Mohammad Hossein Naghdi, a former Iranian diplomat in Italy who defected to the National Council of Resistance of Iran (NCRI), was murdered in broad daylight by two gunmen on a motorcycle working for the Iranian Intelligence (MOIS). It is believed that Mr. Naghdi was targeted for exposing the human rights violations in Iran. In June 2005 an Italian Criminal Court held a trial in absentia of Amir Bozorgian, an Iranian intelligence officer posing as diplomat. It was alleged that Bozorgian was instructed by Tehran to organize the assassination.

May 27, 1996  -  Creteil, France (another Paris suburb)

Former deputy minister of education during the Shah's era Reza Mazlouman was found with two bullets in his chest. He was involved in the journalistic activities critical of the Iranian regime. A video-shop owner with close ties to the Iranian embassy in Germany was extradited to France and sentenced to 17 years in prison.

For a while the Iranian assassins felt very secure doing their dirty work on European soil. But in April of 1997 a ruling finally was issued about the Mikonos killings. A German court issued a sentence in which it concluded that the highest levels of Iran's political leadership ordered a September 1992 killing of exiled Kurdish dissidents in Berlin.

Judge Frithjof Kubsch ruled that the killing was orchestrated by the Committee for Special Operations in Teheran. Although the Judge did not identify the Iranian officials by name, the German prosecutors during the trial named the Iranian Supreme Leader Ali Khamanei, President Hashemi Rafsanjani, Foreign Minister Ali Velayati and Intelligence Minister Ali Fallahian as the individuals who devised and ordered the assassination.

The verdict also mentioned other killings that took place in France and Austria.   This verdict did not go over well in Iran. The customary massive demonstrations on the streets of Teheran followed as the Iranian officials denied any involvement. But the Europeans, who for a long while ignored the killings in their back yard, finally found a spine and recalled their ambassadors (with the exception of Greece) from Iran while expelling four of the Iranian diplomats.

Of course the diplomats were back in Iran only a few months later when the EU was assured that no more assassinations will take place in European capitals. The carrot the Iranians waved in front of the Europeans was very difficult to resist. At the end the desire of doing business with Iran was too difficult to overcome; greed won over common sense.   The assassinations that took place inside Europe got a lot of bad publicity to the point that even Europeans, known for their lenient treatment of terrorists, had to do something even if it was cosmetic. But for the people living inside Iran there is no one to complain to.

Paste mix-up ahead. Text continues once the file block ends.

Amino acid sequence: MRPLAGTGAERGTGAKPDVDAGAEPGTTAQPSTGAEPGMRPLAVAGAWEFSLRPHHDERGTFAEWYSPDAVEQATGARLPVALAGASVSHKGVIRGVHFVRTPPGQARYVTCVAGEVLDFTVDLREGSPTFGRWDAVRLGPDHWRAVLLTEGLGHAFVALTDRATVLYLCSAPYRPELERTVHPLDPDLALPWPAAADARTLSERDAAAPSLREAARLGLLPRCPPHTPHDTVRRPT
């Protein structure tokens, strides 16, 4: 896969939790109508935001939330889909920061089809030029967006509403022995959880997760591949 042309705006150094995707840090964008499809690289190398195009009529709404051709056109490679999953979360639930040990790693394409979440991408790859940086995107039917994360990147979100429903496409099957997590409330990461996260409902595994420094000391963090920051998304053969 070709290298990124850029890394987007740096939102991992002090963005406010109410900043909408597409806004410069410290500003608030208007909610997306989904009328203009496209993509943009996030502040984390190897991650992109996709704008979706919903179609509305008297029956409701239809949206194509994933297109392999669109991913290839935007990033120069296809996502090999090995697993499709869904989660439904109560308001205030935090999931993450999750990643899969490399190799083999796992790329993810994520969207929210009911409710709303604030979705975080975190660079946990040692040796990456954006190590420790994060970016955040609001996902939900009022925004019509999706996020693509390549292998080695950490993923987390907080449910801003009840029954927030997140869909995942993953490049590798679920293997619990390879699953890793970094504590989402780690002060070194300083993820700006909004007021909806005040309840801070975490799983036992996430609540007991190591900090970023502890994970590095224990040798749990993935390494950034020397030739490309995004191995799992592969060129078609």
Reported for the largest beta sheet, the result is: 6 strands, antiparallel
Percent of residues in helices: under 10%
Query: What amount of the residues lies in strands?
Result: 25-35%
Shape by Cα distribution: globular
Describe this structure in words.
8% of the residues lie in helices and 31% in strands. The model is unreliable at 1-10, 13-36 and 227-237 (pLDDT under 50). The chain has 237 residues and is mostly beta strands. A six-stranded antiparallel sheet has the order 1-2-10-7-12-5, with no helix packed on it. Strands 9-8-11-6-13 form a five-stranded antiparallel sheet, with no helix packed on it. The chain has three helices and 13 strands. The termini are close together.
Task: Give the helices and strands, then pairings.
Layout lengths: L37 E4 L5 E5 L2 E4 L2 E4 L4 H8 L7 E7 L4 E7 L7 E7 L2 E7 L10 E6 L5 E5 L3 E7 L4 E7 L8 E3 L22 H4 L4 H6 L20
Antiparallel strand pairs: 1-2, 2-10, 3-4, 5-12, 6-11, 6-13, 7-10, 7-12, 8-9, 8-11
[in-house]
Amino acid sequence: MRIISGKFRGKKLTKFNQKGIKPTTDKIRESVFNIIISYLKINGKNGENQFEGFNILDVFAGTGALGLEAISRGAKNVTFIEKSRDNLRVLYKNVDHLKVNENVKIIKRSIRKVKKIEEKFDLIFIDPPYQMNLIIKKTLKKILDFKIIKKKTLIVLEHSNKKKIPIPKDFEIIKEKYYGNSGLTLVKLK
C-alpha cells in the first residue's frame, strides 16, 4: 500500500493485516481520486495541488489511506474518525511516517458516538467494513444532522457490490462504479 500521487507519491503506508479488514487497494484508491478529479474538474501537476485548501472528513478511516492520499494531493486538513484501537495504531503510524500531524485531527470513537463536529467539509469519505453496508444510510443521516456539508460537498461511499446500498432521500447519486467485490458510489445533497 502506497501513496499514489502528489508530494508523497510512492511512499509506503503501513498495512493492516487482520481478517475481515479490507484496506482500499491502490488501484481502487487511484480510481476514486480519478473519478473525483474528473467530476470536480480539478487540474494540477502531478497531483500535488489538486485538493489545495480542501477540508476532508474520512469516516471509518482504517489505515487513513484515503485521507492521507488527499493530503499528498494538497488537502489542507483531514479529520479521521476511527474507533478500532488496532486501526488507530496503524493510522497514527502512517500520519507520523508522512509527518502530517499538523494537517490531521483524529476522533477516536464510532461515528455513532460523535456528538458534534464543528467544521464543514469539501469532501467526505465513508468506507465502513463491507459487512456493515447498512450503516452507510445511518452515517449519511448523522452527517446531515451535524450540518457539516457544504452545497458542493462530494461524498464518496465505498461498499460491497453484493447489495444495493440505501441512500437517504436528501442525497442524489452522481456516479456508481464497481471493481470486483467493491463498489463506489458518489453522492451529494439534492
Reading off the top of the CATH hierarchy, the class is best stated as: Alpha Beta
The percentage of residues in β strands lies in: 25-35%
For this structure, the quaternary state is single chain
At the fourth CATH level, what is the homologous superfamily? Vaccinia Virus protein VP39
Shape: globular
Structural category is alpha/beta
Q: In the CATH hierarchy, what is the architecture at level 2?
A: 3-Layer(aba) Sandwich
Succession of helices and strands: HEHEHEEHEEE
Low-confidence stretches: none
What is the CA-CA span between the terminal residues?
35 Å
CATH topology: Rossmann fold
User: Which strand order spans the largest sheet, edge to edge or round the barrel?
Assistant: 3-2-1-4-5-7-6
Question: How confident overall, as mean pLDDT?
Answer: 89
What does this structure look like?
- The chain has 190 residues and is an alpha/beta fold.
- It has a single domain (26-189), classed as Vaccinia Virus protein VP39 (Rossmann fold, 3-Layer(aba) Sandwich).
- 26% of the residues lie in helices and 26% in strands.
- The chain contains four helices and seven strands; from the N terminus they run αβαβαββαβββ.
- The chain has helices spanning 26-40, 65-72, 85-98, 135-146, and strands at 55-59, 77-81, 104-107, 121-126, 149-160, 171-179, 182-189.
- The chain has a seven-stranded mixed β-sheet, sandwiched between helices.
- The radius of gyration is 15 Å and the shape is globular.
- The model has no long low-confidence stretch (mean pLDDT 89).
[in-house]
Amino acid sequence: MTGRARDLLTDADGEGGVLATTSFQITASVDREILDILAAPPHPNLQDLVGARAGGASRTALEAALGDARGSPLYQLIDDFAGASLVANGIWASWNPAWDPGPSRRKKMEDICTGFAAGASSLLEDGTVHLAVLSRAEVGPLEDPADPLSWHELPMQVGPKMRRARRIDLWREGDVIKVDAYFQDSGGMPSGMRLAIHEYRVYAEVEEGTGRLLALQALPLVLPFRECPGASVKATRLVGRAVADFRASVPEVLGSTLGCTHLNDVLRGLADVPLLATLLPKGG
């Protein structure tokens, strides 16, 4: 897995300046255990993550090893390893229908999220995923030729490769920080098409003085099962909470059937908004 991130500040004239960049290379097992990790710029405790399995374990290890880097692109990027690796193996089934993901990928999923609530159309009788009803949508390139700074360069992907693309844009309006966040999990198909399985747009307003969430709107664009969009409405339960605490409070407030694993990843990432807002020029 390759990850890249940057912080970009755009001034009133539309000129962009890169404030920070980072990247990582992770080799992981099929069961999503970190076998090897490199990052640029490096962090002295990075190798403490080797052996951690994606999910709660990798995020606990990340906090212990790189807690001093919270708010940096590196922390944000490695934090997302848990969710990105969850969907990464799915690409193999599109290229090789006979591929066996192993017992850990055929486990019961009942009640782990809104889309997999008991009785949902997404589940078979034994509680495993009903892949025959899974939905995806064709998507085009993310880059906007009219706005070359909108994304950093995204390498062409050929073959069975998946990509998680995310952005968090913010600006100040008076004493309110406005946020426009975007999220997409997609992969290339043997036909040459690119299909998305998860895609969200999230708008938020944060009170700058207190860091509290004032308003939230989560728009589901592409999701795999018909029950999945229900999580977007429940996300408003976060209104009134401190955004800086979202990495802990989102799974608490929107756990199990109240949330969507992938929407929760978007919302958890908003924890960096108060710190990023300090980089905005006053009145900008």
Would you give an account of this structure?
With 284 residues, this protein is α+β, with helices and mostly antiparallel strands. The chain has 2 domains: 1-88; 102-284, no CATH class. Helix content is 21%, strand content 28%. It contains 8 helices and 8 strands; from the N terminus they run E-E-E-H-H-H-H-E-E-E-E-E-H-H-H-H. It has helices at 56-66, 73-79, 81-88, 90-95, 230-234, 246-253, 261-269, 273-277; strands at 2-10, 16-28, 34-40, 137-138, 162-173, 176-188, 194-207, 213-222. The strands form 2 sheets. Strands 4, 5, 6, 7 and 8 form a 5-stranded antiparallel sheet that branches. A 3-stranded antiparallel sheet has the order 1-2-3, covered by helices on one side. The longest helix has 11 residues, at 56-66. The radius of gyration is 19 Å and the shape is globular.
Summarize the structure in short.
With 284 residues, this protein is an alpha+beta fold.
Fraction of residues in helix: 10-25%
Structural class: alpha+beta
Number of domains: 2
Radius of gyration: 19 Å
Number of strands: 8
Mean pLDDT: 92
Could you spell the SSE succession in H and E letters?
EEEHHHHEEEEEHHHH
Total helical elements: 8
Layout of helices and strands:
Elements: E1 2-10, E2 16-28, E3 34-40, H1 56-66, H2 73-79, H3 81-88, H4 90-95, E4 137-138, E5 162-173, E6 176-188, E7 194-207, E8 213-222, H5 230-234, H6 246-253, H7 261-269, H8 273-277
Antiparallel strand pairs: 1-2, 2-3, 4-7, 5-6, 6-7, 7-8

There are thousands and thousands of silent and nameless victims who were tortured and sentenced to death by the Iranian kangaroo courts, or simply murdered by the agents of  MOIS (Ministry of Intelligence and Security). Where was the world when all these atrocities were going on? Well the world was too busy selling their services, including the most sensitive technologies, to the same murderers that were ordering the assassinations.

Although, some crimes committed inside Iran saw the light of day due to complete indifference of the regime to the world opinion :

November 22, 1998  -  Teheran, Iran

The so called "chain murders" of prominent Iranian intellectuals took place during 1998. But the one that caught the most attention was the brutal murder of the leader of Iran People's Party Dariush Forouhar and his wife Parvaneh in their Teheran apartment. In 1979 Dariush Farouhar accompanied Ayatollah Khomeini on his return from the exile in France.

Years later he fell out of favor for his criticism of the regime. Mr Farouhar was stabbed 15 times in the heart and decapitated. His wife was stabbed 24 times and her breast was cut off. A few weeks later the Ministry of Intelligence (MOIS) officially declared that the some of their rogue agents were responsible for the murders. One of those agents,

Saeed Eslami, was arrested three months later and supposedly committed suicide in prison. Nine years earlier Mr. Eslami was appointed as a deputy for security affairs to the then Minister of Intelligence Ali Fallahian, the same Ali Fallahian who was mentioned during the Mikonos trial in Germany for ordering the killings of the dissidents in Europe.   

The trail of blood left behind by the Iranian regime over the years is very difficult not to notice. One would think that the world would take notice and treat the mullahs with the disdain they deserve. But expecting rational and logic from world leaders is wishful thinking. Instead of keeping the regime that wishes them harm at the arms length the so called leaders were beating each other to the punch in order to do business with the mullahs while the blood of the Iranians killed on the streets of the European capitals was barely washed away.  

Nuclear Iran